In the conflict with Chile over the Beagle Channel in the southernmost part of the country, an agreement was signed that reduced the risk of war between the two countries. The Vatican had acted as mediator in the dispute, and the agreement had been sent to a referendum and here approved with 80% of the vote.

Studies from the Comisión Nacional sobre Desaparición de Personas(CONADEP, the National Commission for the Discovery of Persons) provided new ammunition to the public trial against the nine dictatorship commander accused of giving orders to the criminal acts carried out during the dictatorship. The verdict on several high-ranking military personnel - including President Videla - and the subsequent prosecution of other officers led to severe military pressure. During Easter 1987, several military units drove out of their barracks toward the capital to put power behind their demands for further litigation and amnesty to the convicted. Although the military rebels constituted only a military minority, afterwards great questions were raised about the willingness of the "loyal" forces to fight the rebellion.

President Alfonsín convened for a demonstration at the Plaza de Mayo in the center of Buenos Aires in defense of democracy. A call that was followed by 1 million Argentinians. The crisis was resolved on Palm Sunday when Alfonsín personally went into dialogue with the rebels in the Campo de Mayo military deployment. Nevertheless, several of the senior military personnel were replaced in the following days and the president drafted a congressional proposal for "imposing obedience" exempting most of the military accused or convicted of human rights violations on the grounds that they acted on orders from above.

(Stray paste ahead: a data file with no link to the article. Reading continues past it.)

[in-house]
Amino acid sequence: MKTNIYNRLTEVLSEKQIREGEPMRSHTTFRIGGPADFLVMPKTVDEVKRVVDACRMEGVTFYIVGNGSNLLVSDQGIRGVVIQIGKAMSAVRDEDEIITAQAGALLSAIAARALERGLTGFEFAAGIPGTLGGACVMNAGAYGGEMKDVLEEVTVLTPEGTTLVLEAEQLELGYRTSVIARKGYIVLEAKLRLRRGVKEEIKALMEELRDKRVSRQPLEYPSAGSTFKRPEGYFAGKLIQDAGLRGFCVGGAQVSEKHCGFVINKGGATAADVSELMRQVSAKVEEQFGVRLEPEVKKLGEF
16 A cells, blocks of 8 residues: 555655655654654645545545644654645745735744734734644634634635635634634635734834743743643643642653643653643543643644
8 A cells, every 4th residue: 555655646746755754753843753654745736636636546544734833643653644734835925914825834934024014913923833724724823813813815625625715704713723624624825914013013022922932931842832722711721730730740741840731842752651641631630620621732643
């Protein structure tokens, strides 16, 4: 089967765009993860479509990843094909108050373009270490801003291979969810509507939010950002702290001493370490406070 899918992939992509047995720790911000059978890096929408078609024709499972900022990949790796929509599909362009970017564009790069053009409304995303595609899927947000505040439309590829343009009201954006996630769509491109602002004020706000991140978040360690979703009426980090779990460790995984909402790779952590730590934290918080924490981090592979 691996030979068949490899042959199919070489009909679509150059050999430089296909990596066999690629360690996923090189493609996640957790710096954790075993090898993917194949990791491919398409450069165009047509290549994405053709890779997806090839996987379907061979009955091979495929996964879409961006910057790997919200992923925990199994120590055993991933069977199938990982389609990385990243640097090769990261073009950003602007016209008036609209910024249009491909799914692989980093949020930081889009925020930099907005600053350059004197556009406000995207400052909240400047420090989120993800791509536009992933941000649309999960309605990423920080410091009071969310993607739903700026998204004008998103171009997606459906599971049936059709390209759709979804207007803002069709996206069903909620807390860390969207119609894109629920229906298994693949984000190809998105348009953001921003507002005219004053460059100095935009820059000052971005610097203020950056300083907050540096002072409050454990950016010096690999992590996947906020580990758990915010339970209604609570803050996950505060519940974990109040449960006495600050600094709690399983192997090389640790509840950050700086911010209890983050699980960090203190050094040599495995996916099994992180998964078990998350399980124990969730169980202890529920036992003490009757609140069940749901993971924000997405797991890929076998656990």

During the following two years, inflation continued to reduce real wages for the majority of the population. Between December 83 and April 89, thousands of jobs were eliminated, wages had dropped drastically and the recession worsened the situation for SMEs. CGT was at the forefront of opposition to Alfonsín's economic policy and conducted 14 general strikes during the period. The social costs of this development were still rising, reaching a point where around 10 million - almost 30% of the population - was largely marginalized in the consumer market.

In the summer of 88, another military uprising - albeit of minor importance - was carried out in the Monte Caseros facility. Its leader was Lieutenant Colonel Aldo Rico, who was put on trial and thrown out of the army. In the winter of that year, Colonel Mohamed Alí Seineldín was at the head of the third military uprising. The rebels could explain that the purpose of this rebellion was a loose internal contradiction in the military, split between a "nationalist" trend that backed around Seineldín, and another trend of "liberal" observance that followed the army leadership. Although both rebellions were well enough overcome, the internal contradictions remained unsolved.

In February 89, an armed group from the left-wing organization Movimiento Todos por la Patria (MTP, the Movement for the Fatherland) launched an attack on a military raid on the outskirts of Buenos Aires, allegedly to prevent a military coup. MTP had until then operated in full legality. The repression was completely out of proportion and the survivors were sentenced to lengthy prison sentences. Some of the surrendered members were executed and others "disappeared".